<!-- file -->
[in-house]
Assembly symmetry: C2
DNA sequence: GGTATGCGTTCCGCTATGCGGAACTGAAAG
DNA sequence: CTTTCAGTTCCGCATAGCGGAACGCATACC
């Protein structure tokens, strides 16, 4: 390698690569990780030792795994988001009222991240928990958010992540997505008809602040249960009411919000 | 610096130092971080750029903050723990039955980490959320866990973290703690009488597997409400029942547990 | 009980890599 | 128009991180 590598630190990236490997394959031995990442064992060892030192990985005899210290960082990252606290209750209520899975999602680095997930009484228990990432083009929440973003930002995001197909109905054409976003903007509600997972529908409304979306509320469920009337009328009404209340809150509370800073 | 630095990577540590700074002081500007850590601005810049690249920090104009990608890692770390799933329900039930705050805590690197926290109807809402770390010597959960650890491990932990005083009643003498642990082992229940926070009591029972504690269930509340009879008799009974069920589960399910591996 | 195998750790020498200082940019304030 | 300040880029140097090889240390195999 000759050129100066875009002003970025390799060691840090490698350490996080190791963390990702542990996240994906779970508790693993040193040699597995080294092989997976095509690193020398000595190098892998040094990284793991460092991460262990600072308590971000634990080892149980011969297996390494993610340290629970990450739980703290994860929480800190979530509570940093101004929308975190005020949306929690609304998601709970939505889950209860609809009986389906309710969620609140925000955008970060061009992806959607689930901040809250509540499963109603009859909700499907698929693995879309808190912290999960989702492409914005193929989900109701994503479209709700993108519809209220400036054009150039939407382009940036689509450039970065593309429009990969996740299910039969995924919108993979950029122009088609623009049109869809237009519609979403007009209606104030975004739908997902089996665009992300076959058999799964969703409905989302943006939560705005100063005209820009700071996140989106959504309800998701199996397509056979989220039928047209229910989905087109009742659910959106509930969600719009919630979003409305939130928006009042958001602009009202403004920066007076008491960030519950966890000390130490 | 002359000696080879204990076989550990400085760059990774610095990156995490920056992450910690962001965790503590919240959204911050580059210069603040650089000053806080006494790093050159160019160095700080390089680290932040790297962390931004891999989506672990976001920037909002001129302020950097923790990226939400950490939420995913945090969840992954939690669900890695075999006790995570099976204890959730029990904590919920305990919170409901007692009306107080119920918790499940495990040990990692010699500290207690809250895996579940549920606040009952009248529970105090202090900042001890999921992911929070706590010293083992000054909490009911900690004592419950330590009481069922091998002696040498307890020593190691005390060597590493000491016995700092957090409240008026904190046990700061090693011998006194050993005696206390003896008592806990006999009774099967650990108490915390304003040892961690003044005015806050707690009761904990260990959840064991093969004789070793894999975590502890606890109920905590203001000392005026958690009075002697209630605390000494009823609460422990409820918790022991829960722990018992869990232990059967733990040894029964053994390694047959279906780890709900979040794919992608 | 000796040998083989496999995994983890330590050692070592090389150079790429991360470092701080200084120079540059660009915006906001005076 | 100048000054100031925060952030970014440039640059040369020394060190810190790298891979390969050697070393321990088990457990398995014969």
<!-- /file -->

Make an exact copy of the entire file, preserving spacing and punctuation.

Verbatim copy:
[in-house]
Assembly symmetry: C2
DNA sequence: GGTATGCGTTCCGCTATGCGGAACTGAAAG
DNA sequence: CTTTCAGTTCCGCATAGCGGAACGCATACC
């Protein structure tokens, strides 16, 4: 390698690569990780030792795994988001009222991240928990958010992540997505008809602040249960009411919000 | 610096130092971080750029903050723990039955980490959320866990973290703690009488597997409400029942547990 | 009980890599 | 128009991180 590598630190990236490997394959031995990442064992060892030192990985005899210290960082990252606290209750209520899975999602680095997930009484228990990432083009929440973003930002995001197909109905054409976003903007509600997972529908409304979306509320469920009337009328009404209340809150509370800073 | 630095990577540590700074002081500007850590601005810049690249920090104009990608890692770390799933329900039930705050805590690197926290109807809402770390010597959960650890491990932990005083009643003498642990082992229940926070009591029972504690269930509340009879008799009974069920589960399910591996 | 195998750790020498200082940019304030 | 300040880029140097090889240390195999 000759050129100066875009002003970025390799060691840090490698350490996080190791963390990702542990996240994906779970508790693993040193040699597995080294092989997976095509690193020398000595190098892998040094990284793991460092991460262990600072308590971000634990080892149980011969297996390494993610340290629970990450739980703290994860929480800190979530509570940093101004929308975190005020949306929690609304998601709970939505889950209860609809009986389906309710969620609140925000955008970060061009992806959607689930901040809250509540499963109603009859909700499907698929693995879309808190912290999960989702492409914005193929989900109701994503479209709700993108519809209220400036054009150039939407382009940036689509450039970065593309429009990969996740299910039969995924919108993979950029122009088609623009049109869809237009519609979403007009209606104030975004739908997902089996665009992300076959058999799964969703409905989302943006939560705005100063005209820009700071996140989106959504309800998701199996397509056979989220039928047209229910989905087109009742659910959106509930969600719009919630979003409305939130928006009042958001602009009202403004920066007076008491960030519950966890000390130490 | 002359000696080879204990076989550990400085760059990774610095990156995490920056992450910690962001965790503590919240959204911050580059210069603040650089000053806080006494790093050159160019160095700080390089680290932040790297962390931004891999989506672990976001920037909002001129302020950097923790990226939400950490939420995913945090969840992954939690669900890695075999006790995570099976204890959730029990904590919920305990919170409901007692009306107080119920918790499940495990040990990692010699500290207690809250895996579940549920606040009952009248529970105090202090900042001890999921992911929070706590010293083992000054909490009911900690004592419950330590009481069922091998002696040498307890020593190691005390060597590493000491016995700092957090409240008026904190046990700061090693011998006194050993005696206390003896008592806990006999009774099967650990108490915390304003040892961690003044005015806050707690009761904990260990959840064991093969004789070793894999975590502890606890109920905590203001000392005026958690009075002697209630605390000494009823609460422990409820918790022991829960722990018992869990232990059967733990040894029964053994390694047959279906780890709900979040794919992608 | 000796040998083989496999995994983890330590050692070592090389150079790429991360470092701080200084120079540059660009915006906001005076 | 100048000054100031925060952030970014440039640059040369020394060190810190790298891979390969050697070393321990088990457990398995014969």